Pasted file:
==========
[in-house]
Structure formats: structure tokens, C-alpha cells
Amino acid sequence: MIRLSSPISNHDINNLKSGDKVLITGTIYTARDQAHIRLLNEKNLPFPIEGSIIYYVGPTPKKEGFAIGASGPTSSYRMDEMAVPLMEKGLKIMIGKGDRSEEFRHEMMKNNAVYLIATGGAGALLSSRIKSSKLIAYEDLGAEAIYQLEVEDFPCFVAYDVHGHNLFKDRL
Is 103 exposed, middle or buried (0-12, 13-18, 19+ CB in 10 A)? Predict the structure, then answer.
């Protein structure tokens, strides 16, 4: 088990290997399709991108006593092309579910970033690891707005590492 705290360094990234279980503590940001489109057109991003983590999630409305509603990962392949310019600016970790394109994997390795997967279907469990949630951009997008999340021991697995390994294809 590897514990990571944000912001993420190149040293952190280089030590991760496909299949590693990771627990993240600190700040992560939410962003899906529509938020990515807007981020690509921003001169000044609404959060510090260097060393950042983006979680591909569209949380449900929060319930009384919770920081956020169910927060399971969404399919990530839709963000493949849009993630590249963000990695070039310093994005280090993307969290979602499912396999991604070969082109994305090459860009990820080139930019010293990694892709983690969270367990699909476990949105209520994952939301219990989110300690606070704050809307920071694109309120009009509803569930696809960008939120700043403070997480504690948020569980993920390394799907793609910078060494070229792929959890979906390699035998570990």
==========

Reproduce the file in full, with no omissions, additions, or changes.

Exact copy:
[in-house]
Structure formats: structure tokens, C-alpha cells
Amino acid sequence: MIRLSSPISNHDINNLKSGDKVLITGTIYTARDQAHIRLLNEKNLPFPIEGSIIYYVGPTPKKEGFAIGASGPTSSYRMDEMAVPLMEKGLKIMIGKGDRSEEFRHEMMKNNAVYLIATGGAGALLSSRIKSSKLIAYEDLGAEAIYQLEVEDFPCFVAYDVHGHNLFKDRL
Is 103 exposed, middle or buried (0-12, 13-18, 19+ CB in 10 A)? Predict the structure, then answer.
């Protein structure tokens, strides 16, 4: 088990290997399709991108006593092309579910970033690891707005590492 705290360094990234279980503590940001489109057109991003983590999630409305509603990962392949310019600016970790394109994997390795997967279907469990949630951009997008999340021991697995390994294809 590897514990990571944000912001993420190149040293952190280089030590991760496909299949590693990771627990993240600190700040992560939410962003899906529509938020990515807007981020690509921003001169000044609404959060510090260097060393950042983006979680591909569209949380449900929060319930009384919770920081956020169910927060399971969404399919990530839709963000493949849009993630590249963000990695070039310093994005280090993307969290979602499912396999991604070969082109994305090459860009990820080139930019010293990694892709983690969270367990699909476990949105209520994952939301219990989110300690606070704050809307920071694109309120009009509803569930696809960008939120700043403070997480504690948020569980993920390394799907793609910078060494070229792929959890979906390699035998570990």